Posts Tagged ‘Chaplin’

City Lights-1931

Many film scholars while discussing Chaplin films, make it a point of Chaplin being still stuck into silent mode (as though he was caught off guard) while movies were celebrating the freedom of sound all around. Of course talkies brought some silent stars to greater fame while ruined career for a few,- John Gilbert being one, Charley Chaplin may not have had anything to fear from sound. By 1931, the Marx Brothers had already unleashed two talkies in their inimitable style but Chaplin had nothing to fear from that quarter since their styles vastly differed. His tramp image had too solid a base to weather the advent of talkies for sometime. In fact he resisted for three years when he made the film. However he gave the film a full musical score (composed by himself, perhaps not in the same class as the theme for Limelight) and sound effects, but he stopped short of speech. But for all that City Lights is a masterpiece and its strength shines through in spite of it.
I think the genius of Chaplin lay in more than abundant measure, in areas where he could convey better in mime than sound; in pathos, drollery or pure cussedness, sound could not have been a proper substitute. In order to illustrate my point think of that famous scene in The Gold Rush where he tackles a boiled shoe? Not a word is necessary and gestures speak volumes and actions in their physical detailing, how he spears shoelaces for example, make words redundant. Take the last scene of City Lights where the blind girl sees for the first time his ‘benefactor’ the close up shot of the tramp registers everything that needed to be said in the expression.
‘If only one of Charles Chaplin’s films could be preserved, “City Lights” (1931) would come the closest to representing all the different notes of his genius. It contains the slapstick, the pathos, the pantomime, the effortless physical coordination, the melodrama, the bawdiness, the grace, and, of course, the Little Tramp-( Roger Ebert /  December 21, 1997)
Charles Chaplin as the Little Tramp, makes the acquaintance of a blind flower girl (Virginia Cherrill), who gets an impression somehow that he is a millionaire. There is a subplot in which the tramp rescues a genuine millionaire (Harry Myers) from committing suicide. When drunk, the millionaire expansively treats the tramp as a friend and equal; but sober, he doesn’t even recognize him. These two story lines come together when the tramp attempts to raise enough money for the blind girl to have an eye operation. In the end it is a casual gift of a thousand dollars from his drunken millionaire friend that eventually will pay for the operation. Unfortunately like many of the tramp’s efforts things go wrong: he is mistakenly accused of stealing by the millionaire who, as I said earlier, is entirely another persona when sobers up.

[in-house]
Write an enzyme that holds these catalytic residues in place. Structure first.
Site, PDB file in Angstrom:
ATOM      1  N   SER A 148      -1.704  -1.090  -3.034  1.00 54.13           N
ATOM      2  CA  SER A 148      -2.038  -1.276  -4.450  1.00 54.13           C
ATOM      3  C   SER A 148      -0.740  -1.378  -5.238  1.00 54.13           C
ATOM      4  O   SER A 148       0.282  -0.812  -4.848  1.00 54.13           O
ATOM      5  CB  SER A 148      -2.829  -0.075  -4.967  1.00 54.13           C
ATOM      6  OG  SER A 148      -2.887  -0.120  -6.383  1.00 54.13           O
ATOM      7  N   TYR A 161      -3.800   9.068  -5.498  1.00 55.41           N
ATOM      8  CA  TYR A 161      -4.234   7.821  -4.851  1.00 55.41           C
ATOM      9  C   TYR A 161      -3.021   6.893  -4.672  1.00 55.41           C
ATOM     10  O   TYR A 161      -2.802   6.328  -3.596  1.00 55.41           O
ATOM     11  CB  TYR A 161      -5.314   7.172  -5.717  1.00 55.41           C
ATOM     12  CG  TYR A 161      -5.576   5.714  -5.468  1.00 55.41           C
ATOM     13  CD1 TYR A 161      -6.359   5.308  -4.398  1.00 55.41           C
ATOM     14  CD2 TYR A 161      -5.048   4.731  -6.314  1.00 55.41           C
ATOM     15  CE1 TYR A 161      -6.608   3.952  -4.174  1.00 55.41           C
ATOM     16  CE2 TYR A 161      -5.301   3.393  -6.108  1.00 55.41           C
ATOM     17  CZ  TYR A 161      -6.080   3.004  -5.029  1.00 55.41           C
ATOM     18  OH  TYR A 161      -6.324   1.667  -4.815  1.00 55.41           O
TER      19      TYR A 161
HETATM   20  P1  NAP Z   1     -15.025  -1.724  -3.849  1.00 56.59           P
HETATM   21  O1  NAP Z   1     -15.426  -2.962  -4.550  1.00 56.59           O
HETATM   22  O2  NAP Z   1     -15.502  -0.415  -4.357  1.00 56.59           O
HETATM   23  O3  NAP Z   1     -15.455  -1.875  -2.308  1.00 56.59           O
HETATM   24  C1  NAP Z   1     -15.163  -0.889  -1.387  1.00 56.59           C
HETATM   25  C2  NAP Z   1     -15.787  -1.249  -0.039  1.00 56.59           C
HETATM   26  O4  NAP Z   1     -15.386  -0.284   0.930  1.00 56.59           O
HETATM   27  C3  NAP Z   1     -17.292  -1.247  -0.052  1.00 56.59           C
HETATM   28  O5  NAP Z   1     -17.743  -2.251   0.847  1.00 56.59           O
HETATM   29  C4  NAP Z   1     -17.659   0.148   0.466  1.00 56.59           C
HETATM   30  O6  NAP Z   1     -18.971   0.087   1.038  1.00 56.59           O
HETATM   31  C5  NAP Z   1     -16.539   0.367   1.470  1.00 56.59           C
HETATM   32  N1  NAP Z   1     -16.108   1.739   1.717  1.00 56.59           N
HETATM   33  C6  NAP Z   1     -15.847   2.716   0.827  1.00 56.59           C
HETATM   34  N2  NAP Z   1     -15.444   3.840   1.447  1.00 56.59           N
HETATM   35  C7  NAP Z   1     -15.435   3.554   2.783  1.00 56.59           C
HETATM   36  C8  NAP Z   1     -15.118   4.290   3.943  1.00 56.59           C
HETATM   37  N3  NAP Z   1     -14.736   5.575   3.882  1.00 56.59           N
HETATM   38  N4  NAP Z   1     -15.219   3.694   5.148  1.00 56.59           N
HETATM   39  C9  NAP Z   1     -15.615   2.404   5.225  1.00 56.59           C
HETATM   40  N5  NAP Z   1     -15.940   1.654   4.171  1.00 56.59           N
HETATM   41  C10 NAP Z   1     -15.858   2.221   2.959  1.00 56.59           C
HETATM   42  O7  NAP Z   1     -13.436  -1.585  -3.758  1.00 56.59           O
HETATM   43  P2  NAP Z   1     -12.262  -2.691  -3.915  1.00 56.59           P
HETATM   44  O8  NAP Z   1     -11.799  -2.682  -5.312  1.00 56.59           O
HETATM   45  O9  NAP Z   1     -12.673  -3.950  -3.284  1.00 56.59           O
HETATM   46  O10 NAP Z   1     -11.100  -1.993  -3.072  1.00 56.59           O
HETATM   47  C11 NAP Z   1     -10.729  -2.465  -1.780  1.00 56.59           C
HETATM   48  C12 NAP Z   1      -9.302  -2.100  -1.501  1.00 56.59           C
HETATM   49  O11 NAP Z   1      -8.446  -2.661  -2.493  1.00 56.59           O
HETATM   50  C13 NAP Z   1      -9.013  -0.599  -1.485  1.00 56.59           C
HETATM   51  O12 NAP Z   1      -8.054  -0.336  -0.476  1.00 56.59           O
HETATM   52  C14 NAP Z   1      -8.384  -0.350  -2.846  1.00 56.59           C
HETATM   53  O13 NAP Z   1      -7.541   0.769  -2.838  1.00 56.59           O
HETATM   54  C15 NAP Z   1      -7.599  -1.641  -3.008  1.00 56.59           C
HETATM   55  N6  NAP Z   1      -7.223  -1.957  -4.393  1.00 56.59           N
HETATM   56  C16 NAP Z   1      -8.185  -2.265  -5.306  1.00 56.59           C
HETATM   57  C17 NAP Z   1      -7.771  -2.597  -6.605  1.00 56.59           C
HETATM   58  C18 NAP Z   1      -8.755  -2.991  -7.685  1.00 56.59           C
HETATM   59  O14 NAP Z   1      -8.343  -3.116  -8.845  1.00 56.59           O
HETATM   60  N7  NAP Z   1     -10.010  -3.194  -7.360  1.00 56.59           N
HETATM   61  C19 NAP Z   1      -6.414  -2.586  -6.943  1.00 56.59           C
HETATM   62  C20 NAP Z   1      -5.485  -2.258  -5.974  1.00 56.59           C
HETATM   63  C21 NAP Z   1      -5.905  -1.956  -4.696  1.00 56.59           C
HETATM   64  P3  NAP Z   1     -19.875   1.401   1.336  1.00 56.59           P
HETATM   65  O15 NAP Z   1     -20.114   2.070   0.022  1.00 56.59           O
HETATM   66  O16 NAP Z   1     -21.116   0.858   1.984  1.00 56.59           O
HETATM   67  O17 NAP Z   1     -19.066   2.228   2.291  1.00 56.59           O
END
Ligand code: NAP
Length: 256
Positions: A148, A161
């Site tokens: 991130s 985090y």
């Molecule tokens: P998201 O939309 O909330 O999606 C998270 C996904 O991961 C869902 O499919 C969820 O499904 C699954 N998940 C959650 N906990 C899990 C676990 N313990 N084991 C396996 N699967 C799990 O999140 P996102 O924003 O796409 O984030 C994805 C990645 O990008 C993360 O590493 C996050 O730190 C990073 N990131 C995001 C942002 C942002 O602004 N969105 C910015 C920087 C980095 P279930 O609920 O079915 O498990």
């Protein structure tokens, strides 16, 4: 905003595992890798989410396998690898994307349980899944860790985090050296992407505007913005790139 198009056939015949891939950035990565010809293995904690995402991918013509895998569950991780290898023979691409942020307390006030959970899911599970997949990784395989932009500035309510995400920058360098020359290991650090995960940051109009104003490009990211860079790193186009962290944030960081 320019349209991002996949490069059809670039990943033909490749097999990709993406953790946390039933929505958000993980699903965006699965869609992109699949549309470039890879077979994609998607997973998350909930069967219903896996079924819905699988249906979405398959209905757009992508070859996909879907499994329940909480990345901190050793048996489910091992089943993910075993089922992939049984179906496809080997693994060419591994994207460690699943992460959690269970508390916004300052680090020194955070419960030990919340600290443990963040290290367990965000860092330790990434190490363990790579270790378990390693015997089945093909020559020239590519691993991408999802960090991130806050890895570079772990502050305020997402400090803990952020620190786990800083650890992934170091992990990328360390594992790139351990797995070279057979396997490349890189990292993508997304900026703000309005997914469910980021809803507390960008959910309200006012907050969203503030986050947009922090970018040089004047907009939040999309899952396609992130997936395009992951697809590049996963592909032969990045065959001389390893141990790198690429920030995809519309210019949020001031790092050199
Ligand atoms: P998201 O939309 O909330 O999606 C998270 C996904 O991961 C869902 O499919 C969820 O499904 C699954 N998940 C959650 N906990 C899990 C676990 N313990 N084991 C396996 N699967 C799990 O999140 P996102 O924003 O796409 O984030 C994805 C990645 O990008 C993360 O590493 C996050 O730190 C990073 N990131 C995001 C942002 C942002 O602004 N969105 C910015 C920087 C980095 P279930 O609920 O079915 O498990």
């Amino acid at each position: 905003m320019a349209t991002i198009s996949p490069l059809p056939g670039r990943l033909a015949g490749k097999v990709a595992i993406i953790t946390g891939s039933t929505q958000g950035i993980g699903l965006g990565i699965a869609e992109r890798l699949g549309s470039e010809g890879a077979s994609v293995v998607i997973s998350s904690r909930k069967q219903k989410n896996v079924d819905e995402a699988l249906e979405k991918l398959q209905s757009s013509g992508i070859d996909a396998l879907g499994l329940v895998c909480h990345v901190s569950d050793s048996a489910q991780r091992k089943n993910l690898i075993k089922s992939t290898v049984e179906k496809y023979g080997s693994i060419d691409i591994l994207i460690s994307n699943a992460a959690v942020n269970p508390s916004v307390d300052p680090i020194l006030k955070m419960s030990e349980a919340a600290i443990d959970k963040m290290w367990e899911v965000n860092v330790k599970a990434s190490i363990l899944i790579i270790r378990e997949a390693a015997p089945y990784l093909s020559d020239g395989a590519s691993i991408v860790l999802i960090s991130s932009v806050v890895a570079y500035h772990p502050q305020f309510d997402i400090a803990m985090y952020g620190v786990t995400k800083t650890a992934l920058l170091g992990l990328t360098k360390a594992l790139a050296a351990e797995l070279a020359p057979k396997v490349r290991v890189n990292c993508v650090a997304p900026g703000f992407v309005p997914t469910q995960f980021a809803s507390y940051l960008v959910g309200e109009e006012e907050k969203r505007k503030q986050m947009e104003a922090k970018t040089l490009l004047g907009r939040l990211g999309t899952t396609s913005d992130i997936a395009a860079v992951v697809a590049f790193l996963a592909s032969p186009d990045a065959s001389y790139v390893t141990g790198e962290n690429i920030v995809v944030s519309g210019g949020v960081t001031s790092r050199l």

He had tried raising funds by honest methods (street sweeping and a hilarious sequence in the ring) and before he is caught by the law, however manages to pass on the funds to the girl for the operation. And the poignant final scene splices pathos, slapstick and what have you, shows the blind girl who can see now for the first time. It is magnificent, and an inspired finale to some eighty minutes of fine film-making. Rightly this film deserves the praise of being the best picture of 1931 to have rolled out of Hollywood studios.
Similar Movies
The Circus  (1928, Charles Chaplin)
The Kid  (1921, Charles Chaplin)
Modern Times  (1936, Charles Chaplin)
The Vagabond  (1916, Charles Chaplin)
The Tramp  (1915, Charles Chaplin)
À Nous la Liberté  (1931, René Clair)
Limelight  (1952, Charles Chaplin)
For Heaven’s Sake  (1926, Sam Taylor)
Mon Oncle  (1958, Jacques Tati)
Allou To Oniro Ki Allou To Thavma  (1957, Dimitris Loukakos, Petros Yiannakos)
Movies with the Same Personnel
Modern Times  (1936, Charles Chaplin)
The Kid  (1921, Charles Chaplin)
The Great Dictator  (1940, Charles Chaplin)
Limelight  (1952, Charles Chaplin)
A Woman of Paris  (1923, Charles Chaplin)
A King in New York  (1957, Charles Chaplin)
The Circus  (1928, Charles Chaplin)
The Gold Rush  (1925, Charles Chaplin)
Other Related Movies
is related to:      Unknown Chaplin: Hidden Treasures  (1983, Kevin Brownlow)
Unknown Chaplin: The Great Director  (1983, Kevin Brownlow)
30 Years of Fun  (1963, Robert Youngson)
Chaplin  (1992, Richard Attenborough)

Cast & Credits
A Tramp: Charles Chaplin
Blind Girl: Virginia Cherrill
Her Grandmother: Florence Lee
Millionaire: Harry Myers
Millionaire’s Butler: Allan Garcia
Prizefighter: Hank Mann

A film directed, produced, written and edited by Charles Chaplin. Photographed by Mark Marklatt, Gordon Pollock and Roland Totheroh. Music by Charles Chaplin, arranged and conducted by Alfred Newman. (Some modern video versions have the Chaplin score re-recorded by Carl Davis.) Running time: 87 minutes.

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René Clair is considered to be one of the pioneers of modern comedy, particularly in French film. His An Italian Straw Hat (1927), which is considered his silent masterpiece, shows his consummate sense of timing, and there is ample evidence of it in this movie also.